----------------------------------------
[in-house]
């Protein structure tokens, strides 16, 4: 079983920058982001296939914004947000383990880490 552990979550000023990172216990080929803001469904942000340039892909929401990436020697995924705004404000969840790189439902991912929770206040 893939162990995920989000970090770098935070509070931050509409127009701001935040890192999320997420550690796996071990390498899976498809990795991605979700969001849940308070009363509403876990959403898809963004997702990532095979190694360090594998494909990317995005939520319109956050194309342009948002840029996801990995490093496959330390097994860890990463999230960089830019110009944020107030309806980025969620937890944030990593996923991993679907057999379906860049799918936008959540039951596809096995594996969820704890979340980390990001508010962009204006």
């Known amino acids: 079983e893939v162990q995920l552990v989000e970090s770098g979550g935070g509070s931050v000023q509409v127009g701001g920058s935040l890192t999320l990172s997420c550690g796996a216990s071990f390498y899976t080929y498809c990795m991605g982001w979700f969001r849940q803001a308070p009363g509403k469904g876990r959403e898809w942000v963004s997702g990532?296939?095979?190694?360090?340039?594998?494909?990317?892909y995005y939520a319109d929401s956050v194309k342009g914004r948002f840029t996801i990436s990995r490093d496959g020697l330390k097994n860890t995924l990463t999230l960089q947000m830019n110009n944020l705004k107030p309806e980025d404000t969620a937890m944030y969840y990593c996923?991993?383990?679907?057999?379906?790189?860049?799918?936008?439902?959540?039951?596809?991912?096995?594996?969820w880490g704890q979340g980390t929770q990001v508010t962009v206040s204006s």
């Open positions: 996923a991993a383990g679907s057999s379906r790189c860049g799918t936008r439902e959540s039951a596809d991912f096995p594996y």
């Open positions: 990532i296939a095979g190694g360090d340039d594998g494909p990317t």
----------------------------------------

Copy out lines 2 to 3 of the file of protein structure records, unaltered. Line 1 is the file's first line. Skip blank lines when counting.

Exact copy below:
């Protein structure tokens, strides 16, 4: 079983920058982001296939914004947000383990880490 552990979550000023990172216990080929803001469904942000340039892909929401990436020697995924705004404000969840790189439902991912929770206040 893939162990995920989000970090770098935070509070931050509409127009701001935040890192999320997420550690796996071990390498899976498809990795991605979700969001849940308070009363509403876990959403898809963004997702990532095979190694360090594998494909990317995005939520319109956050194309342009948002840029996801990995490093496959330390097994860890990463999230960089830019110009944020107030309806980025969620937890944030990593996923991993679907057999379906860049799918936008959540039951596809096995594996969820704890979340980390990001508010962009204006």
């Known amino acids: 079983e893939v162990q995920l552990v989000e970090s770098g979550g935070g509070s931050v000023q509409v127009g701001g920058s935040l890192t999320l990172s997420c550690g796996a216990s071990f390498y899976t080929y498809c990795m991605g982001w979700f969001r849940q803001a308070p009363g509403k469904g876990r959403e898809w942000v963004s997702g990532?296939?095979?190694?360090?340039?594998?494909?990317?892909y995005y939520a319109d929401s956050v194309k342009g914004r948002f840029t996801i990436s990995r490093d496959g020697l330390k097994n860890t995924l990463t999230l960089q947000m830019n110009n944020l705004k107030p309806e980025d404000t969620a937890m944030y969840y990593c996923?991993?383990?679907?057999?379906?790189?860049?799918?936008?439902?959540?039951?596809?991912?096995?594996?969820w880490g704890q979340g980390t929770q990001v508010t962009v206040s204006s």